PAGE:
What is an ICD?
An ICD is a system made up of a small metal unit attached to one or sometimes two leads which are connected to the heart. These leads are used to monitor the heart rhythm and when it becomes very erratic or pumps too quickly the ICD delivers some therapy down the lead to pace the heart quickly for a few seconds to stop the fast rhythm or it may deliver a shock to the heart to put it back to normal.
Why do I need an ICD?
You may have experienced a rapid heart rhythm, palpitations, which caused you to collapse, faint or feel very unwell. You may have been resuscitated after a cardiac arrest. Or your doctor may have felt an ICD would protect you from having one of these heart rhythm problems when drugs alone would not be satisfactory.
How do they fit my new ICD?
The ICD leads are inserted into a large vein in the upper left or right side of the chest. A small incision is made in the upper left (or sometimes right) side of the chest and the ICD leads are inserted into a large vein. Under X-ray screening they are passed to the heart. Once in place the ICD leads will be tested to make sure they are in the right place. Finally the leads will be connected to the ICD unit which will be placed in a small pocket beneath the skin just below the collar bone. Once the ICD has been secured it will then be tested for sensing heart signals and for delivering a shock. This procedure will be carried out in a specialised operating theatre. The procedure takes between 1-2 hours and normally requires an overnight stay.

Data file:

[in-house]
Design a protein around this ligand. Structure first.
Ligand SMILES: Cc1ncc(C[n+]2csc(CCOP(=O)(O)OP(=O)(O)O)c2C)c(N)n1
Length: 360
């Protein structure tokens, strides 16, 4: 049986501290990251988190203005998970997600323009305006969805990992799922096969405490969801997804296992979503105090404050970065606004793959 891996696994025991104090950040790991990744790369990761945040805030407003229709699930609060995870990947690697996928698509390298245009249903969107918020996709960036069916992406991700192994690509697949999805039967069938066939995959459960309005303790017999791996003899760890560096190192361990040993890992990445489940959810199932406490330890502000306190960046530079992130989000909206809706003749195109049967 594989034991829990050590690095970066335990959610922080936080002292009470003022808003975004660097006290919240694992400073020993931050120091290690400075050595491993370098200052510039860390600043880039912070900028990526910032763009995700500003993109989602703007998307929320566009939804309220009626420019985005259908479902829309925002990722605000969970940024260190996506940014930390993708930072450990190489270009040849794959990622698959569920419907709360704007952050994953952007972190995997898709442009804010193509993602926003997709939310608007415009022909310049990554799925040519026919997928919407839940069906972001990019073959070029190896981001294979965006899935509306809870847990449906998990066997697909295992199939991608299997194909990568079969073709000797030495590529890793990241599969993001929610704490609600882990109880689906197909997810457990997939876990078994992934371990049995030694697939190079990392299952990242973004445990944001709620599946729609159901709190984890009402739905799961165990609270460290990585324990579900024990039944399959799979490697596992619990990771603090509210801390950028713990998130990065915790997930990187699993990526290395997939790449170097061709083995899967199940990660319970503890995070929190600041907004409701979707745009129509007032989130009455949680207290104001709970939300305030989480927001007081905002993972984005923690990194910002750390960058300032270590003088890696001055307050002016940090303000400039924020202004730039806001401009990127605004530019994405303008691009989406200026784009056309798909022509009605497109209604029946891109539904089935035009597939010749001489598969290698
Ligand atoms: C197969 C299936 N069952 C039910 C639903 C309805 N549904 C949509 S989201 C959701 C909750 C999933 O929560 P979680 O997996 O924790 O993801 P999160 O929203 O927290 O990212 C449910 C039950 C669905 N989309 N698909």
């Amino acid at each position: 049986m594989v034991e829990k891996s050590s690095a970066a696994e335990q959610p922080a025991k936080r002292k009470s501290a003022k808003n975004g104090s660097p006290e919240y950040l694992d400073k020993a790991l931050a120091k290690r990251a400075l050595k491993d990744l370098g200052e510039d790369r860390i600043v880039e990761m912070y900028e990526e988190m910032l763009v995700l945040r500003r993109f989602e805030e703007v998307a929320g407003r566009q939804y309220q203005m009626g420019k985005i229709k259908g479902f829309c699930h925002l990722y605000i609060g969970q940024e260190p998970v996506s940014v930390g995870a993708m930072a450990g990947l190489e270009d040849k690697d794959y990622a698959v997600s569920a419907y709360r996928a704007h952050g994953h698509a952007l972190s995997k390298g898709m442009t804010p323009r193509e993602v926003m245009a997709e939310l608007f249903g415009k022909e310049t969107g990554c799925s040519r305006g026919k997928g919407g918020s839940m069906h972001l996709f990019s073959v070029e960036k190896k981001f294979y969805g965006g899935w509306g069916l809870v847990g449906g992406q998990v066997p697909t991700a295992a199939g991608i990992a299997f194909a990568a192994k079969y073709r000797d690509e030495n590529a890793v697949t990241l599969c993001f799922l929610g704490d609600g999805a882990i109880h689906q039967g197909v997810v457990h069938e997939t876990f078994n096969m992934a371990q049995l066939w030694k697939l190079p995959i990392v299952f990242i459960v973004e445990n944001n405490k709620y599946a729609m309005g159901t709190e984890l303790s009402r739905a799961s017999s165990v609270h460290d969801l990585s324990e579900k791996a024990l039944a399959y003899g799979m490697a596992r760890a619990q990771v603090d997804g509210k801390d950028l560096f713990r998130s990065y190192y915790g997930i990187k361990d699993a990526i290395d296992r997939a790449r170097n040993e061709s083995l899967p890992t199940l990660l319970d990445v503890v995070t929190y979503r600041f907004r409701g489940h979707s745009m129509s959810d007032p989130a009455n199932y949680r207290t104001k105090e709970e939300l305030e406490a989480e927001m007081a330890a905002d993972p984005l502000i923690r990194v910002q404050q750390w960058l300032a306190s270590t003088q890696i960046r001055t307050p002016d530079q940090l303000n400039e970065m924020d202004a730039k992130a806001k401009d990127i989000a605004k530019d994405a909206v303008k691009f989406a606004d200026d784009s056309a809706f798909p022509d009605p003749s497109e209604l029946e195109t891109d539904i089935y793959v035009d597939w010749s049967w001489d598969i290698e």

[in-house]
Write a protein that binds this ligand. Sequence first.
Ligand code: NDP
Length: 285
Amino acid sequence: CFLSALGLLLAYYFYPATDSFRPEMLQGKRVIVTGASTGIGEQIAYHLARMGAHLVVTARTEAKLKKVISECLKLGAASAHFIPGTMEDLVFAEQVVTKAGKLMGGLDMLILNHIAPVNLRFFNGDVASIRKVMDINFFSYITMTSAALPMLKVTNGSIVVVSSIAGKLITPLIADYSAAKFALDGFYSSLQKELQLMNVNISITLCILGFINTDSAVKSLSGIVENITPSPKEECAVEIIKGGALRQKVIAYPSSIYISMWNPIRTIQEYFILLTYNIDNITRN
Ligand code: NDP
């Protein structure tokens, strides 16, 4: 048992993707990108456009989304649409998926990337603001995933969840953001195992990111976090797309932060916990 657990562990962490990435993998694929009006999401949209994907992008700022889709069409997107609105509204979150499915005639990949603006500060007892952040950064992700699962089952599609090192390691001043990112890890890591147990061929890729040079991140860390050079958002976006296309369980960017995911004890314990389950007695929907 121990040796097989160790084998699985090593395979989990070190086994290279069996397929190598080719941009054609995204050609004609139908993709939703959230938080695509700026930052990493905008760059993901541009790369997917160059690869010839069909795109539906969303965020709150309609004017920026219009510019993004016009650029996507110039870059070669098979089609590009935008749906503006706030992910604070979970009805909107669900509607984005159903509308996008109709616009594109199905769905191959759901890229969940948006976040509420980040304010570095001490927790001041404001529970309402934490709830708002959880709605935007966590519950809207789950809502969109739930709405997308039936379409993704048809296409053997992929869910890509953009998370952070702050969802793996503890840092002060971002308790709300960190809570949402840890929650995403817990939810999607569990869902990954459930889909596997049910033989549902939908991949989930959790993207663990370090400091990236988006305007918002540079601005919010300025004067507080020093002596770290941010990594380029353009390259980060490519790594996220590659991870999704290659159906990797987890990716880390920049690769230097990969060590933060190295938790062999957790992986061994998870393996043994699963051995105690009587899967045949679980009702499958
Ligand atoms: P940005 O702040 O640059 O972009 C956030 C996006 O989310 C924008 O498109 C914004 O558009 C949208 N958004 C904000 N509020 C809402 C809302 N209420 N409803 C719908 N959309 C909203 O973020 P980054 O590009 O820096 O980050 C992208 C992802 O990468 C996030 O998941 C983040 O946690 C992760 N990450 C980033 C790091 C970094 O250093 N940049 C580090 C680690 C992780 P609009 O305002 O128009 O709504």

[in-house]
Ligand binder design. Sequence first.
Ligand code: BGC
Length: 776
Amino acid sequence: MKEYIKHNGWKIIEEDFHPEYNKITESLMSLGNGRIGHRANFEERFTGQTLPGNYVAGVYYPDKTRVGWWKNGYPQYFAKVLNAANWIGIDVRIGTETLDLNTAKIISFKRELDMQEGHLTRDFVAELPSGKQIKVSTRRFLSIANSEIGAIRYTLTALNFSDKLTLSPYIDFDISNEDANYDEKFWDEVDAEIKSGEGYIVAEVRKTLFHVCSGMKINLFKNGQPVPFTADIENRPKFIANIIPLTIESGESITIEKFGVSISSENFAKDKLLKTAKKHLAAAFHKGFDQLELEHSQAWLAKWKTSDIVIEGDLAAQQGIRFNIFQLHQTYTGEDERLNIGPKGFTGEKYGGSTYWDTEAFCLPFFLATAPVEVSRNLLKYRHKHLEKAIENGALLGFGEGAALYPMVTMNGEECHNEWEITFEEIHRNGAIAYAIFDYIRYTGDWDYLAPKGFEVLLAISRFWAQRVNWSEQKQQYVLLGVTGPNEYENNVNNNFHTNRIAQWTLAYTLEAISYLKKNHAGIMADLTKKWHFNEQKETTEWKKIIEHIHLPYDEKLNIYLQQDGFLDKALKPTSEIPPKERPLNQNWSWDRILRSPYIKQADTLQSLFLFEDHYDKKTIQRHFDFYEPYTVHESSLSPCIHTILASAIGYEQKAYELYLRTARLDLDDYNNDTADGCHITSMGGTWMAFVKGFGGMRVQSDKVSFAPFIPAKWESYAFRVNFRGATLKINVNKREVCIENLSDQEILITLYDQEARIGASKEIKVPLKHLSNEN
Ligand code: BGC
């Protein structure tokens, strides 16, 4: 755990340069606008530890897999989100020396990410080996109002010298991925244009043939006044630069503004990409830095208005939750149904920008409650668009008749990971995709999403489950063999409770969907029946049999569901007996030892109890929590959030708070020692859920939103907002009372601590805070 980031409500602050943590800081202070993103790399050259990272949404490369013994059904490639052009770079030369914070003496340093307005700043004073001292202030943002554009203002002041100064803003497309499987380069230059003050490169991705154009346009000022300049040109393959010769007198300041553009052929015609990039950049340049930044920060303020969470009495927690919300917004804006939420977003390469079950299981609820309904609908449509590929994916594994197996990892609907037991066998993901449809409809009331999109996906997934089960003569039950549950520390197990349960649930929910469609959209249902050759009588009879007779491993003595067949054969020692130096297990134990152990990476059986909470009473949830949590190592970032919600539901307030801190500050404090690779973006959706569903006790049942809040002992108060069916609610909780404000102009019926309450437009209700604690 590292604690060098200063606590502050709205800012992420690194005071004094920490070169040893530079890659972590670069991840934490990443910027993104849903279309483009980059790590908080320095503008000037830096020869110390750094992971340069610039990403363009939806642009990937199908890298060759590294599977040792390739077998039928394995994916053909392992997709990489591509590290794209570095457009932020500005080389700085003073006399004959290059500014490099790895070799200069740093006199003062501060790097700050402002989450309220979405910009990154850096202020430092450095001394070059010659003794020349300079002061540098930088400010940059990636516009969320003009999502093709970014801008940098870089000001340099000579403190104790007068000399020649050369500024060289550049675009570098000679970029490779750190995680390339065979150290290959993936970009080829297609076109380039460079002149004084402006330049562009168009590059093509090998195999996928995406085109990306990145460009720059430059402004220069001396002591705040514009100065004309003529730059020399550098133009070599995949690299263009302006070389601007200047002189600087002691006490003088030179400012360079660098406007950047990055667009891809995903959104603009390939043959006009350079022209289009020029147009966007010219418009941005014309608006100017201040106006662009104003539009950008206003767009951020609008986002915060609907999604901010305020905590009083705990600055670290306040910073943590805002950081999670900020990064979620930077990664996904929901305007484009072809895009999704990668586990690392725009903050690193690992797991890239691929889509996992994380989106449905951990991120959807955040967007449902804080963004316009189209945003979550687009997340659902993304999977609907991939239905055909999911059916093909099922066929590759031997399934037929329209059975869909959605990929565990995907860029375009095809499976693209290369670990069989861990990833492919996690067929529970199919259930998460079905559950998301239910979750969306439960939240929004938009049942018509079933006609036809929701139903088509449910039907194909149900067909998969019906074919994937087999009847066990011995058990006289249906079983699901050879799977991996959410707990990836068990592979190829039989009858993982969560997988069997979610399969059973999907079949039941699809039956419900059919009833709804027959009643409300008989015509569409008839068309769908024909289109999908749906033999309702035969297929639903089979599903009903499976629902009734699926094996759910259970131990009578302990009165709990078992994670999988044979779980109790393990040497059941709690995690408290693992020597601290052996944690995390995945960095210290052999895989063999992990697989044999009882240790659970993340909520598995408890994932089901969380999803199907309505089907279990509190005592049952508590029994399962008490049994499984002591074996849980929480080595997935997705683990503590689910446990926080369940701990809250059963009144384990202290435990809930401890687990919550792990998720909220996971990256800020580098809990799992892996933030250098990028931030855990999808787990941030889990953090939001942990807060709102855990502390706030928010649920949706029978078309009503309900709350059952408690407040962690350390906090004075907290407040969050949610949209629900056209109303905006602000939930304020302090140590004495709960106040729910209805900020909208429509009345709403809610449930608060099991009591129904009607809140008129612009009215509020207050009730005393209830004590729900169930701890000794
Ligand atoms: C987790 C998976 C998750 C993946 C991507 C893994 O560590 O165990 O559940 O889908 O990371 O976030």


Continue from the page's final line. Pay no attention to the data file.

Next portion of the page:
There is a nurse who helps to run the ICD service. They will see you in hospital and go through the procedure with you as well as the doctors and technicians. The nurse will serve as a point of contact for any problems, provide counselling or advice and can answer any queries you have. They also help to organise any follow up you may require once you get home.
For more information from The British Heart Foundation on ICDs click here.